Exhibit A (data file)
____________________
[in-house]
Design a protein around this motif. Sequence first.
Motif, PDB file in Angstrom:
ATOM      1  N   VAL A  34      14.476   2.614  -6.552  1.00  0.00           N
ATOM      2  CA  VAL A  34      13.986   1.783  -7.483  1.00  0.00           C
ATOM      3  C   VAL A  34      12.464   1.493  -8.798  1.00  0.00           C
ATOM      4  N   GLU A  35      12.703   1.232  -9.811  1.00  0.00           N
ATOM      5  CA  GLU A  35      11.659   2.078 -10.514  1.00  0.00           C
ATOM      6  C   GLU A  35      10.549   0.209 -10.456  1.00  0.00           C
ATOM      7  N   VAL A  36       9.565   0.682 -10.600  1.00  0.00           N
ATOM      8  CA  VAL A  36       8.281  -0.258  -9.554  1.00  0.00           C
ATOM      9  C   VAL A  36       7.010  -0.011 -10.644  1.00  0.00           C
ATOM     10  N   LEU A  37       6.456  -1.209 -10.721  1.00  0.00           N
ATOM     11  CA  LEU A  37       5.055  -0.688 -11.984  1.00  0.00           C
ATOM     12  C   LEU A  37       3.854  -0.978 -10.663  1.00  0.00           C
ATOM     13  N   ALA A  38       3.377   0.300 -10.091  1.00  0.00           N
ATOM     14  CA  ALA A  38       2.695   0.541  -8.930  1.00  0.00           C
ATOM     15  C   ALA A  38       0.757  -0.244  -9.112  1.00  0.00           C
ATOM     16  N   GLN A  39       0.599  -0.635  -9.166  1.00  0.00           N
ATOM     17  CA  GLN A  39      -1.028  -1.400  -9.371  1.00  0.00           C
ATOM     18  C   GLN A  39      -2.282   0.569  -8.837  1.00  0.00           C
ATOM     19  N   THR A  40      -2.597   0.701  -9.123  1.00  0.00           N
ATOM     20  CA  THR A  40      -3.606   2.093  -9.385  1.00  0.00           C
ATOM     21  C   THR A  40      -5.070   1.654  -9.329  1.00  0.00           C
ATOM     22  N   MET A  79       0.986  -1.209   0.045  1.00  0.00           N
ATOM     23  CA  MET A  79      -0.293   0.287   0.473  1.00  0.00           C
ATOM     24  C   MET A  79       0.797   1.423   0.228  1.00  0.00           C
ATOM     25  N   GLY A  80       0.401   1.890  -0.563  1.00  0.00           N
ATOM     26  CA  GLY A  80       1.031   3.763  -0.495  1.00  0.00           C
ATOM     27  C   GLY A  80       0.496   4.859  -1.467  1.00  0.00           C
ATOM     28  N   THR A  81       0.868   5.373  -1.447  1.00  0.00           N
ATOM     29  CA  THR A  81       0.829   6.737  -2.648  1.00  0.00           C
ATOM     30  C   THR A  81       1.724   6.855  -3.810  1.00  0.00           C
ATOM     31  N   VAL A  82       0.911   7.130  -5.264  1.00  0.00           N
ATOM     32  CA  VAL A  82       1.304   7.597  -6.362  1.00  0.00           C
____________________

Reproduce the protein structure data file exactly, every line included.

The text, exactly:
[in-house]
Design a protein around this motif. Sequence first.
Motif, PDB file in Angstrom:
ATOM      1  N   VAL A  34      14.476   2.614  -6.552  1.00  0.00           N
ATOM      2  CA  VAL A  34      13.986   1.783  -7.483  1.00  0.00           C
ATOM      3  C   VAL A  34      12.464   1.493  -8.798  1.00  0.00           C
ATOM      4  N   GLU A  35      12.703   1.232  -9.811  1.00  0.00           N
ATOM      5  CA  GLU A  35      11.659   2.078 -10.514  1.00  0.00           C
ATOM      6  C   GLU A  35      10.549   0.209 -10.456  1.00  0.00           C
ATOM      7  N   VAL A  36       9.565   0.682 -10.600  1.00  0.00           N
ATOM      8  CA  VAL A  36       8.281  -0.258  -9.554  1.00  0.00           C
ATOM      9  C   VAL A  36       7.010  -0.011 -10.644  1.00  0.00           C
ATOM     10  N   LEU A  37       6.456  -1.209 -10.721  1.00  0.00           N
ATOM     11  CA  LEU A  37       5.055  -0.688 -11.984  1.00  0.00           C
ATOM     12  C   LEU A  37       3.854  -0.978 -10.663  1.00  0.00           C
ATOM     13  N   ALA A  38       3.377   0.300 -10.091  1.00  0.00           N
ATOM     14  CA  ALA A  38       2.695   0.541  -8.930  1.00  0.00           C
ATOM     15  C   ALA A  38       0.757  -0.244  -9.112  1.00  0.00           C
ATOM     16  N   GLN A  39       0.599  -0.635  -9.166  1.00  0.00           N
ATOM     17  CA  GLN A  39      -1.028  -1.400  -9.371  1.00  0.00           C
ATOM     18  C   GLN A  39      -2.282   0.569  -8.837  1.00  0.00           C
ATOM     19  N   THR A  40      -2.597   0.701  -9.123  1.00  0.00           N
ATOM     20  CA  THR A  40      -3.606   2.093  -9.385  1.00  0.00           C
ATOM     21  C   THR A  40      -5.070   1.654  -9.329  1.00  0.00           C
ATOM     22  N   MET A  79       0.986  -1.209   0.045  1.00  0.00           N
ATOM     23  CA  MET A  79      -0.293   0.287   0.473  1.00  0.00           C
ATOM     24  C   MET A  79       0.797   1.423   0.228  1.00  0.00           C
ATOM     25  N   GLY A  80       0.401   1.890  -0.563  1.00  0.00           N
ATOM     26  CA  GLY A  80       1.031   3.763  -0.495  1.00  0.00           C
ATOM     27  C   GLY A  80       0.496   4.859  -1.467  1.00  0.00           C
ATOM     28  N   THR A  81       0.868   5.373  -1.447  1.00  0.00           N
ATOM     29  CA  THR A  81       0.829   6.737  -2.648  1.00  0.00           C
ATOM     30  C   THR A  81       1.724   6.855  -3.810  1.00  0.00           C
ATOM     31  N   VAL A  82       0.911   7.130  -5.264  1.00  0.00           N
ATOM     32  CA  VAL A  82       1.304   7.597  -6.362  1.00  0.00           C